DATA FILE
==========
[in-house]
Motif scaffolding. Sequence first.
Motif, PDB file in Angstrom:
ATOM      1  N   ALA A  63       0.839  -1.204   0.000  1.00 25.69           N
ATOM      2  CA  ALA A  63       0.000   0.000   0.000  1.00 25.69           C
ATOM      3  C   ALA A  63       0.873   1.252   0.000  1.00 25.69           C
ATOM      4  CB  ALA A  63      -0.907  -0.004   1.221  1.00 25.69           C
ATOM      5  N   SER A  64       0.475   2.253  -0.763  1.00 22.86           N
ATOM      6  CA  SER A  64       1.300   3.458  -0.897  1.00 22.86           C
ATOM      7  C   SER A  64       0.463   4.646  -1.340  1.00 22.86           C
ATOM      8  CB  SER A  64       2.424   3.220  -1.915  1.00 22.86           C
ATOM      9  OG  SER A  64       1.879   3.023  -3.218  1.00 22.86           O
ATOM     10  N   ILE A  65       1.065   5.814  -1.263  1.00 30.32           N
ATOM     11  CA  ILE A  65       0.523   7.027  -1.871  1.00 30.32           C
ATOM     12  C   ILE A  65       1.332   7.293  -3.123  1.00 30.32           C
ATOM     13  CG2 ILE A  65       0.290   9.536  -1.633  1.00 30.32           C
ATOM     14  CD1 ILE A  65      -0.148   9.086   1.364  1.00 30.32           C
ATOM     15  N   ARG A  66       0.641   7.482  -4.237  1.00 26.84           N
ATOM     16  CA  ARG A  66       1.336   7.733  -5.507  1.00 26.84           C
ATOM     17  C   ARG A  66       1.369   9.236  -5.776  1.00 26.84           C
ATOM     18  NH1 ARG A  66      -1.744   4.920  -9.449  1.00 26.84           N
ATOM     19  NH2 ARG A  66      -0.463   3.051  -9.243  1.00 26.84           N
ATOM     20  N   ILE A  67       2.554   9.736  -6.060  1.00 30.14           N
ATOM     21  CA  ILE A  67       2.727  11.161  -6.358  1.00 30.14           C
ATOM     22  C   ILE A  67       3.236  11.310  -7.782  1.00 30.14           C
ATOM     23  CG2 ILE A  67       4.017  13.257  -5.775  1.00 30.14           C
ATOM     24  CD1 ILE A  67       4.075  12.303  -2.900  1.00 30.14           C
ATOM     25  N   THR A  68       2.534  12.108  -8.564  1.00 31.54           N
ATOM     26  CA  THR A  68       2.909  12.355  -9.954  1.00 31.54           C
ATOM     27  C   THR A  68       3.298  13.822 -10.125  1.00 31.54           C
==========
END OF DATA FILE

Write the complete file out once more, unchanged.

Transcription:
[in-house]
Motif scaffolding. Sequence first.
Motif, PDB file in Angstrom:
ATOM      1  N   ALA A  63       0.839  -1.204   0.000  1.00 25.69           N
ATOM      2  CA  ALA A  63       0.000   0.000   0.000  1.00 25.69           C
ATOM      3  C   ALA A  63       0.873   1.252   0.000  1.00 25.69           C
ATOM      4  CB  ALA A  63      -0.907  -0.004   1.221  1.00 25.69           C
ATOM      5  N   SER A  64       0.475   2.253  -0.763  1.00 22.86           N
ATOM      6  CA  SER A  64       1.300   3.458  -0.897  1.00 22.86           C
ATOM      7  C   SER A  64       0.463   4.646  -1.340  1.00 22.86           C
ATOM      8  CB  SER A  64       2.424   3.220  -1.915  1.00 22.86           C
ATOM      9  OG  SER A  64       1.879   3.023  -3.218  1.00 22.86           O
ATOM     10  N   ILE A  65       1.065   5.814  -1.263  1.00 30.32           N
ATOM     11  CA  ILE A  65       0.523   7.027  -1.871  1.00 30.32           C
ATOM     12  C   ILE A  65       1.332   7.293  -3.123  1.00 30.32           C
ATOM     13  CG2 ILE A  65       0.290   9.536  -1.633  1.00 30.32           C
ATOM     14  CD1 ILE A  65      -0.148   9.086   1.364  1.00 30.32           C
ATOM     15  N   ARG A  66       0.641   7.482  -4.237  1.00 26.84           N
ATOM     16  CA  ARG A  66       1.336   7.733  -5.507  1.00 26.84           C
ATOM     17  C   ARG A  66       1.369   9.236  -5.776  1.00 26.84           C
ATOM     18  NH1 ARG A  66      -1.744   4.920  -9.449  1.00 26.84           N
ATOM     19  NH2 ARG A  66      -0.463   3.051  -9.243  1.00 26.84           N
ATOM     20  N   ILE A  67       2.554   9.736  -6.060  1.00 30.14           N
ATOM     21  CA  ILE A  67       2.727  11.161  -6.358  1.00 30.14           C
ATOM     22  C   ILE A  67       3.236  11.310  -7.782  1.00 30.14           C
ATOM     23  CG2 ILE A  67       4.017  13.257  -5.775  1.00 30.14           C
ATOM     24  CD1 ILE A  67       4.075  12.303  -2.900  1.00 30.14           C
ATOM     25  N   THR A  68       2.534  12.108  -8.564  1.00 31.54           N
ATOM     26  CA  THR A  68       2.909  12.355  -9.954  1.00 31.54           C
ATOM     27  C   THR A  68       3.298  13.822 -10.125  1.00 31.54           C